Resource use, Water

“Dear Aunty, will fracking for shale gas deplete our drinking water supplies?”

“Dear Aunty, will fracking for shale gas deplete our drinking water supplies?”

Well, sweeties, it’s true that hydraulic fracturing uses a lot of water – a topic I’ve posted on before here – but, seen in the context of other industrial uses of water and pipeline losses, it really isn’t all that great and is very unlikely to limit the availability of drinking water in a place with as much annual rainfall as Britain.

So, exactly how much water does fracking use?

Lancashire shale gas opponent and Occupy activist, Tina Louise Rothery, is fond of making us think that a staggering amount of water will be needed. Here’s what she told a Parliamentary select committee in the House of Lords in December 2013:

“Essentially, you are using four Olympic-size swimming pools per frack, per well. On the Fylde, they would like 800 wells. Each one of those wells will be fracked no less than 30 times, so it is an awful lot of water.”

Let’s examine that claim, shall we dears? An Olympic-sized pool holds 2,500 m3 of water. Tina says that each frack consumes four times that amount, so 10,000 m3, and that each well will be fracked no less than 30 times so that would be 300,000 m3 of water per well. Multiplied up for the 800 wells Tina talks about and that really would add up to a very substantial 240,000,000 m3 of water.

But it’s a wildly inaccurate prediction, predicated either upon a genuine misunderstanding of the facts or a deliberate twisting of those facts to suit Tina’s anti-fracking narrative, cherubs.

You see, dears, when she talks about a well being fracked no less than 30 times, she’s really referring to frac stages. She may be right about the 10,000 m3 of water or four Olympic pools worth, but that’s in total for the entire well and definitely NOT per frac stage, which will actually use between 300 and 800 m3 each instead.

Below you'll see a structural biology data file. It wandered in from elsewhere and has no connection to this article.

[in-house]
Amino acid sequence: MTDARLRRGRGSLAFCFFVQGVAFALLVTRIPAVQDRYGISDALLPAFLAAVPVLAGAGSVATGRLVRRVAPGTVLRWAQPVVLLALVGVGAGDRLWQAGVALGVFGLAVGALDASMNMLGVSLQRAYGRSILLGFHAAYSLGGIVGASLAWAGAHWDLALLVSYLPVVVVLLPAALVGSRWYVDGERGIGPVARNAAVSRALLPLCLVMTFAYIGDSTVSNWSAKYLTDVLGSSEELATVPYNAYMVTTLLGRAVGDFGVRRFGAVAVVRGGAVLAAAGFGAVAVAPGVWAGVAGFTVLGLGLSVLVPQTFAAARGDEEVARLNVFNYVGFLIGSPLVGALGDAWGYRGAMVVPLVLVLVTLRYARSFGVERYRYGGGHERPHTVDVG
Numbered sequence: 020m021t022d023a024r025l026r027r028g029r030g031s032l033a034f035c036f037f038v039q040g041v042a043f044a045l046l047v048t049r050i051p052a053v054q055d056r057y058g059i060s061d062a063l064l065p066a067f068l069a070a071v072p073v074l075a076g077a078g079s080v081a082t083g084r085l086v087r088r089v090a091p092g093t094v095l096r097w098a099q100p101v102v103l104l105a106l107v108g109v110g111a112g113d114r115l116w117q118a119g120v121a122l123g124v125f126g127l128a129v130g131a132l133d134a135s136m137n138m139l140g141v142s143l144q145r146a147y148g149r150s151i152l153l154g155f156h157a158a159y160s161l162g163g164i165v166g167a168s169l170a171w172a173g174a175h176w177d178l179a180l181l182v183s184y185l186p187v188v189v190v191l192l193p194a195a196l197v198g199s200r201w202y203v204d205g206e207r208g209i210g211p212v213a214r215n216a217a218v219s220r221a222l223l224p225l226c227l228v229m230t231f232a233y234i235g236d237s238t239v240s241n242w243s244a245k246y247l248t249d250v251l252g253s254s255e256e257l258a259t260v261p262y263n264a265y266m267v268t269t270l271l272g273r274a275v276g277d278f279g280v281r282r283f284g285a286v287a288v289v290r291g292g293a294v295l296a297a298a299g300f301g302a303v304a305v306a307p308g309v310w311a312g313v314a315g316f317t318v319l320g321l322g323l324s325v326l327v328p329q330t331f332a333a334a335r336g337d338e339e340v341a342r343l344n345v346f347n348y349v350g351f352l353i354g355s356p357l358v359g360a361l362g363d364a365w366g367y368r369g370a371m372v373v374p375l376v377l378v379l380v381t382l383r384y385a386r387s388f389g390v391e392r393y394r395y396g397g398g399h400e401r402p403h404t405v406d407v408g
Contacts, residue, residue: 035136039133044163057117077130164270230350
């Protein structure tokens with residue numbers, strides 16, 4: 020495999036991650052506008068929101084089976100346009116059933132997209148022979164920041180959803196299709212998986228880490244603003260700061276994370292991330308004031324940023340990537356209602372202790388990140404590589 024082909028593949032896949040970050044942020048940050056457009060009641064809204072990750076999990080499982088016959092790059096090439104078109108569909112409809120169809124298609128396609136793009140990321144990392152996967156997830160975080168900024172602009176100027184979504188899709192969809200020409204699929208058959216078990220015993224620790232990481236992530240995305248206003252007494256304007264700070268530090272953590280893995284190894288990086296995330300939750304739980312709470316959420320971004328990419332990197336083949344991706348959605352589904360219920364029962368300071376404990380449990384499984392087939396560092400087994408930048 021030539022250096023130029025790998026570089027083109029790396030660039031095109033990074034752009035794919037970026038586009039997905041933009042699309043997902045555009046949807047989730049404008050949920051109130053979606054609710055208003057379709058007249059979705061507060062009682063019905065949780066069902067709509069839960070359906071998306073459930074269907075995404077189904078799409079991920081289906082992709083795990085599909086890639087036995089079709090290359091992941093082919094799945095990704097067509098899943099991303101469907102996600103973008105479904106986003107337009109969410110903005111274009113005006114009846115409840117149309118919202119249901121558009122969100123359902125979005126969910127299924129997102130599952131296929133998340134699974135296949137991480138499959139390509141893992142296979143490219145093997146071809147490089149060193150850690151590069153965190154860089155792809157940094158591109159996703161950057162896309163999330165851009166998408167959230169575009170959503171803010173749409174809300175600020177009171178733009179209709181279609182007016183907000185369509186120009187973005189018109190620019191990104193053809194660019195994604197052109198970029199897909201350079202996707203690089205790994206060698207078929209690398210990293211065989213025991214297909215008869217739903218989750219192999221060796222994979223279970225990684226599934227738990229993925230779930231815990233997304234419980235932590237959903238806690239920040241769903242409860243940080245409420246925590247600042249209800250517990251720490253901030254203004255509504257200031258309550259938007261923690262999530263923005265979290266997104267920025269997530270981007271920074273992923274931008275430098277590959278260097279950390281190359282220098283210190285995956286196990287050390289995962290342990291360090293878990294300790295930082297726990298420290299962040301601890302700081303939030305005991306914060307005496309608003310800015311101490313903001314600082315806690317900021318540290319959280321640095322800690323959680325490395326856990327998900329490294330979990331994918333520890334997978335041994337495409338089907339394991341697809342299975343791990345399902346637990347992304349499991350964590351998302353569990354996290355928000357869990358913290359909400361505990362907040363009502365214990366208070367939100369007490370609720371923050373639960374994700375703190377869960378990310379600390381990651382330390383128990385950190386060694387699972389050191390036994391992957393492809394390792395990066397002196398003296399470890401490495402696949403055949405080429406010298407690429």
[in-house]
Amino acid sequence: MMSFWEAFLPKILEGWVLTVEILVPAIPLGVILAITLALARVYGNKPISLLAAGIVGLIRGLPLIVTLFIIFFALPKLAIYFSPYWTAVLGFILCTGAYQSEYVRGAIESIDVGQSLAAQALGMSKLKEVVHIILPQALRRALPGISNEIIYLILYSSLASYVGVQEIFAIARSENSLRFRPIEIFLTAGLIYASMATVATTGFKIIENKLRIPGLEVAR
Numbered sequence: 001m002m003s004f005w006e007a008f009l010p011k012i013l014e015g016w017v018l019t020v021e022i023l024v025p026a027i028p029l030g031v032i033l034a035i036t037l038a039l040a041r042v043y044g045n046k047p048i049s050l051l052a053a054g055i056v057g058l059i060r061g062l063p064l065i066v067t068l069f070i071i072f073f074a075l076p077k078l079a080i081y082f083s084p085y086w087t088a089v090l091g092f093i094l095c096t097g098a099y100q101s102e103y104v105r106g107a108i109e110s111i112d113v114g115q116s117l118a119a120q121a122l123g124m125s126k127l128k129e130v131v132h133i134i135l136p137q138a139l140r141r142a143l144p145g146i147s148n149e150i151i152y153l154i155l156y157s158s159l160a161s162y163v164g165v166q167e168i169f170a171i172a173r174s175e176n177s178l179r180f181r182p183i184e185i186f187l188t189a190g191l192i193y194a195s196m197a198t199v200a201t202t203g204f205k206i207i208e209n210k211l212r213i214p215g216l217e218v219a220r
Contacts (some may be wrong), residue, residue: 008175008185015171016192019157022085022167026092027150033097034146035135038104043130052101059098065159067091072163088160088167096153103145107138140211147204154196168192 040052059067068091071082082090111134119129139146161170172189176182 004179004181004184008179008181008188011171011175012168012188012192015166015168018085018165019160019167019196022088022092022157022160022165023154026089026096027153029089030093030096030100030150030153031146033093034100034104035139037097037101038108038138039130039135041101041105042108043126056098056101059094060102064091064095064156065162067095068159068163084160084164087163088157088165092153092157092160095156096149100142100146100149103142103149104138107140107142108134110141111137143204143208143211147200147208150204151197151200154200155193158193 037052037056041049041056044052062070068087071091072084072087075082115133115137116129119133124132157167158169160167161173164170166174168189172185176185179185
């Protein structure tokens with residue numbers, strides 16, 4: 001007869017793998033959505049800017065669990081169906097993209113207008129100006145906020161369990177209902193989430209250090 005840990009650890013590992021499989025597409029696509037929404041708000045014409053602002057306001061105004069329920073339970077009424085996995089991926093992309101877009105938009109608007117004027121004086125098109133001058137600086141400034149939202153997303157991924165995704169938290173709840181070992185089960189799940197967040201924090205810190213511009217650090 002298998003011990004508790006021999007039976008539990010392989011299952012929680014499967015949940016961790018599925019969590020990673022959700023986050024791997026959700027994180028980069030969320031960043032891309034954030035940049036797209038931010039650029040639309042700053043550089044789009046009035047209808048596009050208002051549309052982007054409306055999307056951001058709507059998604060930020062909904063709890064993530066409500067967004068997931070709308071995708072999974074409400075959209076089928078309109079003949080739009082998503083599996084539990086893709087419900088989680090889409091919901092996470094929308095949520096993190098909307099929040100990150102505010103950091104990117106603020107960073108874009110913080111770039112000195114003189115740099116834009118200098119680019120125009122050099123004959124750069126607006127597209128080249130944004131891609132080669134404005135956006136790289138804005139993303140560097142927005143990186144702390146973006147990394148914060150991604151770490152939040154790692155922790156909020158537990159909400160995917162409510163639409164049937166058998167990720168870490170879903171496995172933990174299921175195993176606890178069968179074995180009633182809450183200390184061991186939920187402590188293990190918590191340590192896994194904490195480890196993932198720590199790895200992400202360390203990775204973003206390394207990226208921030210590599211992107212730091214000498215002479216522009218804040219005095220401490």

As you can see, the reality is very different and much, much less water intensive. Those 800 wells would then need only 8 million cubic metres of water instead of the grossly exaggerated 240 million cubic metres assessment reached using Tina’s ‘facts’.

Those 8 million cubic metres of water wouldn’t all be used straight away either – drilling and fracturing 800 wells could take over a decade, so it might only be 800,000 m3 a year.

To put that into a meaningful context, pumpkins, this WRAP study compares industrial water use in a variety of sectors: Agriculture uses 165 million m3, manufacturing over 400 million and quite shockingly, accommodation and food services consume 134 million cubic metres of water EVERY YEAR.

That’s right, sweeties: hotels and restaurants use significantly more water per year than the total amount we might see required to extract shale gas on the Fylde coast using Tina’s 800 wells.

Putting aside the fact that fracking for shale gas will use a comparatively small quantity of water relative to other industries, we needn’t worry about our access to reliable supplies of drinking water anyway sweetpeas, because it’s legislated for.

The Water Act 2003 commits water suppliers to ensure that they maintain a supply of drinking water to members of the public as part of drought plans, with supplies to non-domestic users restricted or even halted to ensure homeowners are not impacted.

Now then, seeing as United Utilities are the supplier of water in Lancashire, the heart of shale gas exploration, what do they think? Well, pumpkins, according to their draft Water Resources Management Plan, regional water demand is expected to fall by 14% between 2012 and 2040 even with expected economic growth in the region. In 2012, United Utilities supplied 1,740 million litres of water per day. That’s 1.7 million m3, every single day.

If drilling and fracturing 800 wells takes a decade and uses 800,000 m3 of water per year, that would be the equivalent of 2,191 m3 a day. Or, another way, a tiny 0.13% of current United Utilities’ supply.

So, no dears, fracking for shale gas will not deplete our drinking water supplies, at least not here in the North West of England (it may admittedly be different in areas of the UK that have less rainfall).

As for whether or not Tina’s estimates are based on a misunderstanding or are deliberately exaggerated, I’ll let you be the judge of that.

To help, here’s what she said in her closing remarks to Parliament in December last year:

“We also wanted to point out that our group have spent two years writing to politicians, lobbying our MPs and councillors, not doing the bad stuff; not doing the standing on the roadside or blocking trucks,”

And here she is in Balcombe last summer – so before making this statement in the House of Lords – appearing to be doing the bad stuff.

Until next time xxx

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